“realistically” to evoke spaces that were recog-nizable. From “Another Green World” onwards I became interested in exaggerating and invent-ing rather than replicating spaces, experiment-ing in particular with various techniques of time distortion. This record represents one culmina-tion of that development and in it the landscape has ceased to be a backdrop for something else to happen in front of; instead, everything that happens is a part of the landscape. There is no longer a sharp distinction between foreground and background.
In using the term landscape I am thinking of places, times, climates and the moods that they evoke. And of expanded moments of memory too... One of the inspirations for this record was Fellini’s “Amarcord” (“I Remember”), a presum-ably unfaithful reconstruction of childhood mo-ments. Watching that îlm, I imagined an aural counterpart to it, and that became one of the threads woven into the fabric of the music.
What qualiîed a piece for inclusion on the record was that it took me somewhere, but this might be somewhere that I’d never been be-fore, or somewhere I’d only imagined going to. Lantern Marsh, for example, is a place only a few miles from where I grew up in East Anglia, but my experience of it derives not from hav-ing visited it (although I almost certainly did) but from having subsequently seen it on a map and imagining where and what it might be. We feel afînities not only with the past, but also with the futures that didn’t materialize, and with the other variations of the present that we suspect run parallel to the one we have agreed to live in.
The choice of sonic elements in these places arose less from listening to music than from listening to the world in a musical way. When I was in Ghana, for instance, I took with me a stereo microphone and a cassette recorder, os-tensibly to record indigenous music and speech patterns. What I sometimes found myself doing instead was sitting out on the patio in the eve-nings with the microphone placed to pick up the widest possible catchment of ambient sounds from all directions, and listening to the result on my headphones. The effect of this simple tech-nological system was to cluster all the dispa-rate sounds into one aural frame; they became music.(continued on next page)
Listening this way, I realised I had been moving towards a music that had this feeling; as the listener, I wanted to be situated inside a large îeld of loosely-knit sound, rather than placed before a tightly organised monolith (or stereo-lith, for that matter). I wanted to open out the aural îeld, to put much of the sound a considerable distance from the listener (even locating some of it “out of earshot”), and to allow the sounds to live their lives separately from one another, clustering occasionally but not “musically” bound together. This gave rise to an interesting technical difî-culty. Because recording studio technology and practice developed in relation to performed music, the trend of that development has been towards greater proximity, tighter and more coherent meshing of sounds with one another. Shortly after I returned from Ghana, Robert Quine gave me a copy of Miles Davis’ “He Loved Him Madly”. Teo Mace-ro’s revolutionary production on that piece seemed to me to have the “spacious” quality I was after, and like “Ama-rcord”, it too became a touchstone to which I returned frequently.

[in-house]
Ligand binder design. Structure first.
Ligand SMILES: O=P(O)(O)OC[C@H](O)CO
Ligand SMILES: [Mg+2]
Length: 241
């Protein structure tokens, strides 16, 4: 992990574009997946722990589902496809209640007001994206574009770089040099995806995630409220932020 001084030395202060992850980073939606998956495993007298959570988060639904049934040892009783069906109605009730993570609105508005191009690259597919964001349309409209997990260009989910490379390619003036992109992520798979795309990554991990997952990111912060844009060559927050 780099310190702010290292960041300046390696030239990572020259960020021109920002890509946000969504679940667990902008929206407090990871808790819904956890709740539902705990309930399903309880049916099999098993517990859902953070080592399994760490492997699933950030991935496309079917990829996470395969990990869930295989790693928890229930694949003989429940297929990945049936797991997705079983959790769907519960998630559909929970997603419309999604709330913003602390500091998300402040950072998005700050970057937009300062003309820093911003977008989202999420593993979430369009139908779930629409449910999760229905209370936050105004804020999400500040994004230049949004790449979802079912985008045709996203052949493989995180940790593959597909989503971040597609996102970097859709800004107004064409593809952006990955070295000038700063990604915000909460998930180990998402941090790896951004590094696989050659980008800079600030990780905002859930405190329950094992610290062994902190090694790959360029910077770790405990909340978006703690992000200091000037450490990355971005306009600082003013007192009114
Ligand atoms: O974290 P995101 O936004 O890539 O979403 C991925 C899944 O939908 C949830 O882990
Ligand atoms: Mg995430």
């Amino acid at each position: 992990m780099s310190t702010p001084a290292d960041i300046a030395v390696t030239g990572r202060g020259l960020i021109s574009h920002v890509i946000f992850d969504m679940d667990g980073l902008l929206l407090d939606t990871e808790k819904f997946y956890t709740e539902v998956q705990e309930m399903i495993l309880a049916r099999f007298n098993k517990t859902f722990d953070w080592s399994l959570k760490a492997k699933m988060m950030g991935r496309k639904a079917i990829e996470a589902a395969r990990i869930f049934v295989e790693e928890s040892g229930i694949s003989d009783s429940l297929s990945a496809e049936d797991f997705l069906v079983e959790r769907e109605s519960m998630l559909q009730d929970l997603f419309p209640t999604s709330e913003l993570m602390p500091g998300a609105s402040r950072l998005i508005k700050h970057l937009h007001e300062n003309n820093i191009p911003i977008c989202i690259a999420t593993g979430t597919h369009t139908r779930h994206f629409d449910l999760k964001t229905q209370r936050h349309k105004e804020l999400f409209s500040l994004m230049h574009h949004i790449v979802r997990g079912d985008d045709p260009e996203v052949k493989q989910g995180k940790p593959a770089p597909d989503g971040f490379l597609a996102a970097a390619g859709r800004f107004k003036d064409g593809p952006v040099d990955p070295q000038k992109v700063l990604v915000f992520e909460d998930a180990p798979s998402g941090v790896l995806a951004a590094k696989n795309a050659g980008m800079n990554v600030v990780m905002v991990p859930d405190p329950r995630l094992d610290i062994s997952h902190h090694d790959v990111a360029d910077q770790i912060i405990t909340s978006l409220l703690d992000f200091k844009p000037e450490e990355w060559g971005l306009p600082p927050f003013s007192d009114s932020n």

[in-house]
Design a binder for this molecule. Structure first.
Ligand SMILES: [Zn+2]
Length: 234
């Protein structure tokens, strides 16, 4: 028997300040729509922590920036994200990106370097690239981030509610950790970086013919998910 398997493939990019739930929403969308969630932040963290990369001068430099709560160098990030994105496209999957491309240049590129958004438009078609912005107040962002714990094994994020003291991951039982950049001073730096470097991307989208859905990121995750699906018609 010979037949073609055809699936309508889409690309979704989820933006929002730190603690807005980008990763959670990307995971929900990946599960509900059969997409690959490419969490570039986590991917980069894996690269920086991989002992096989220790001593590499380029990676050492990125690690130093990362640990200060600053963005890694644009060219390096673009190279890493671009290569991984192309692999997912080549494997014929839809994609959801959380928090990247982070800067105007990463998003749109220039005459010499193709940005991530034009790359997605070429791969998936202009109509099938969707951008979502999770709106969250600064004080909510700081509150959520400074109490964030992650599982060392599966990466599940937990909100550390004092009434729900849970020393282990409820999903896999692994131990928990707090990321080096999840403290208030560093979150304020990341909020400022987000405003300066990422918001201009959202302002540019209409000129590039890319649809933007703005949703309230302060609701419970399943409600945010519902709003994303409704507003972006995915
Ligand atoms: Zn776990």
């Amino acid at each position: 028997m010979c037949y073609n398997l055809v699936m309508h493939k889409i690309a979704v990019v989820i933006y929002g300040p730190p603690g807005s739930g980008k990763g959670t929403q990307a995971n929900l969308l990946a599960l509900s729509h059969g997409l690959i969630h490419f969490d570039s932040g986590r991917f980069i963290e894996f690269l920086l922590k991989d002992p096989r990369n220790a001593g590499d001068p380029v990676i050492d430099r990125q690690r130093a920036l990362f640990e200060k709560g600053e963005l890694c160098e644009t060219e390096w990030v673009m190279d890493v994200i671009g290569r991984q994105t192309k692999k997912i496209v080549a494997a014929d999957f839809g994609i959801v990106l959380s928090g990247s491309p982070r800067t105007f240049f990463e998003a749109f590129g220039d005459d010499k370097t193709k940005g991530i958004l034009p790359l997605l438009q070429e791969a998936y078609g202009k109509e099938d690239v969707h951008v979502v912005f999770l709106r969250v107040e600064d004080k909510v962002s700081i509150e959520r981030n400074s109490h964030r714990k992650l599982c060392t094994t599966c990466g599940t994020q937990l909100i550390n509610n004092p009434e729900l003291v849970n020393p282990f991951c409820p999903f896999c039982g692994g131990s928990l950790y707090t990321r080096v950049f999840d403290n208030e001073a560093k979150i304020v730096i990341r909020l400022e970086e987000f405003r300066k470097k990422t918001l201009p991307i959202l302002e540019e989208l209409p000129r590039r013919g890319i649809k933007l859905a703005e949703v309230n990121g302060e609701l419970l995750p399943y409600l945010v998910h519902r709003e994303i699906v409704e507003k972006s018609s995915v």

As I made these pieces, I began to take a different attitude towards both the materials and the procedures I was using. I found the synthesizer, for example, of limited usefulness because its sound tended towards a diagrammatic rather than an organic quality. My instrumentation shifted gradu-ally through electro-mechanical and acoustic instruments towards non-instruments like pieces of chain and sticks and stones. Coupled with this transition was an increasing interest in found sound as a completely plastic and mal-leable material; I never felt any sense of obligation about realism. In this category I included not only recordings of rooks, frogs and insects, but also the complete body of my own earlier work. As a result, some earlier pieces I worked on became digested by later ones, which in turn became digested again. The technique is like composting: convert-ing what would otherwise have been waste into nourish-ment.
Brian Eno 1982, revised February 1986
These are the liner notes from the 1986 release of “On Land”